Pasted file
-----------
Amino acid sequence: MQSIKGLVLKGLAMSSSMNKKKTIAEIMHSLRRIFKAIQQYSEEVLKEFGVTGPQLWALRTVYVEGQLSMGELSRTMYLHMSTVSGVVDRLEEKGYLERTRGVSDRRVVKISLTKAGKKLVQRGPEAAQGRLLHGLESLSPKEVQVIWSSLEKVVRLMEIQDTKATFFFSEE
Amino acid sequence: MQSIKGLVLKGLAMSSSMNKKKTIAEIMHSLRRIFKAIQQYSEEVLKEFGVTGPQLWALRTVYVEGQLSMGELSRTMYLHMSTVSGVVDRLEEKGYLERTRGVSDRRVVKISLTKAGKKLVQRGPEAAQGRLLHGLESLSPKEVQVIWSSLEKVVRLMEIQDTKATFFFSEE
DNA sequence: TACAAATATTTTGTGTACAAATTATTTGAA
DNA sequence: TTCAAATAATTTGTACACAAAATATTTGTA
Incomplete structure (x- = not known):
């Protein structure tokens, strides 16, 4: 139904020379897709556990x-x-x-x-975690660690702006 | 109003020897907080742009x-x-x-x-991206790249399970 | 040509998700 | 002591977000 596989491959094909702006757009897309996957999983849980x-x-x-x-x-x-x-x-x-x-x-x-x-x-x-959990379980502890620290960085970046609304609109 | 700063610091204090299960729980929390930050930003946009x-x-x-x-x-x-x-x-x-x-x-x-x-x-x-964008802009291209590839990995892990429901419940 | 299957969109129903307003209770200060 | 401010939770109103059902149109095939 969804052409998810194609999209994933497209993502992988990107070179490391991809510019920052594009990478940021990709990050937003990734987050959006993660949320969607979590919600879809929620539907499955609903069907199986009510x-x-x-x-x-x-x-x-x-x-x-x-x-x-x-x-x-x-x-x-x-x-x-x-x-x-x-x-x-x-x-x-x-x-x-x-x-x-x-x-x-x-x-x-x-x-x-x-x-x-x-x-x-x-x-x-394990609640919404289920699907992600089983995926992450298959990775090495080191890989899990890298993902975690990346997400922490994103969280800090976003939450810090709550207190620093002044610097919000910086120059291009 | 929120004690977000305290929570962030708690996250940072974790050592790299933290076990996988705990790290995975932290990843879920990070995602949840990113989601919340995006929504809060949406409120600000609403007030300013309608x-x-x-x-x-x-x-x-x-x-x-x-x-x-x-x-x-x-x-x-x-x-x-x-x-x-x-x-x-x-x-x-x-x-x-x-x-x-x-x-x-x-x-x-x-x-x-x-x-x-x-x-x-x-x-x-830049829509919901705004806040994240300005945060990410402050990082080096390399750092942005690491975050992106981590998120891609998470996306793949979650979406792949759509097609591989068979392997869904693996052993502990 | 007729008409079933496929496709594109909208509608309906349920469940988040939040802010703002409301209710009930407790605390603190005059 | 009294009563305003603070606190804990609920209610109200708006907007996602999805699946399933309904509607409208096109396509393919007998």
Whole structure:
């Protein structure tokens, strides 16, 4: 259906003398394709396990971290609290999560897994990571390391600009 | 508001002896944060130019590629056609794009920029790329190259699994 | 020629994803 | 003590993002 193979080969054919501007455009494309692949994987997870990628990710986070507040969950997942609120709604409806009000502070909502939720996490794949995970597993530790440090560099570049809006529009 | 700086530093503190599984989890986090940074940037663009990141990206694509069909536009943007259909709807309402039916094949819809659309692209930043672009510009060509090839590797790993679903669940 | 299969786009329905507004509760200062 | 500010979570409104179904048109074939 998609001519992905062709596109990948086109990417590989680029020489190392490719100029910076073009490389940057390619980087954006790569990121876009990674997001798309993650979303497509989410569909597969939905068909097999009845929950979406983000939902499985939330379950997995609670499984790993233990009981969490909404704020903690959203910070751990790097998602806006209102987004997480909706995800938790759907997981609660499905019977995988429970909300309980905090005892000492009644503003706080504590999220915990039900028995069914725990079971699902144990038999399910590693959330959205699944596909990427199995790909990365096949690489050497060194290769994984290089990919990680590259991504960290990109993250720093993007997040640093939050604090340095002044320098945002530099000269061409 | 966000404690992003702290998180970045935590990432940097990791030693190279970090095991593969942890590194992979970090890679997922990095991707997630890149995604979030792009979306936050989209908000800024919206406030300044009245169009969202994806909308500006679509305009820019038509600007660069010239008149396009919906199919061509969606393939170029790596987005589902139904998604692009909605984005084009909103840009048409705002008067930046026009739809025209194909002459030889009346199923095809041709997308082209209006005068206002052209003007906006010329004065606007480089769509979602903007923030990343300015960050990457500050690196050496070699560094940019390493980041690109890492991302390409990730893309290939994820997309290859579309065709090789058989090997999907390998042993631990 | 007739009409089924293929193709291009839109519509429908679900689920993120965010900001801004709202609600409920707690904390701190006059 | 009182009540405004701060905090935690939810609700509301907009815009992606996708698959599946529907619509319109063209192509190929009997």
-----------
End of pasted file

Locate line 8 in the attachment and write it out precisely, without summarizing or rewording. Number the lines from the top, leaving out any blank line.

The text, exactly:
């Protein structure tokens, strides 16, 4: 259906003398394709396990971290609290999560897994990571390391600009 | 508001002896944060130019590629056609794009920029790329190259699994 | 020629994803 | 003590993002 193979080969054919501007455009494309692949994987997870990628990710986070507040969950997942609120709604409806009000502070909502939720996490794949995970597993530790440090560099570049809006529009 | 700086530093503190599984989890986090940074940037663009990141990206694509069909536009943007259909709807309402039916094949819809659309692209930043672009510009060509090839590797790993679903669940 | 299969786009329905507004509760200062 | 500010979570409104179904048109074939 998609001519992905062709596109990948086109990417590989680029020489190392490719100029910076073009490389940057390619980087954006790569990121876009990674997001798309993650979303497509989410569909597969939905068909097999009845929950979406983000939902499985939330379950997995609670499984790993233990009981969490909404704020903690959203910070751990790097998602806006209102987004997480909706995800938790759907997981609660499905019977995988429970909300309980905090005892000492009644503003706080504590999220915990039900028995069914725990079971699902144990038999399910590693959330959205699944596909990427199995790909990365096949690489050497060194290769994984290089990919990680590259991504960290990109993250720093993007997040640093939050604090340095002044320098945002530099000269061409 | 966000404690992003702290998180970045935590990432940097990791030693190279970090095991593969942890590194992979970090890679997922990095991707997630890149995604979030792009979306936050989209908000800024919206406030300044009245169009969202994806909308500006679509305009820019038509600007660069010239008149396009919906199919061509969606393939170029790596987005589902139904998604692009909605984005084009909103840009048409705002008067930046026009739809025209194909002459030889009346199923095809041709997308082209209006005068206002052209003007906006010329004065606007480089769509979602903007923030990343300015960050990457500050690196050496070699560094940019390493980041690109890492991302390409990730893309290939994820997309290859579309065709090789058989090997999907390998042993631990 | 007739009409089924293929193709291009839109519509429908679900689920993120965010900001801004709202609600409920707690904390701190006059 | 009182009540405004701060905090935690939810609700509301907009815009992606996708698959599946529907619509319109063209192509190929009997």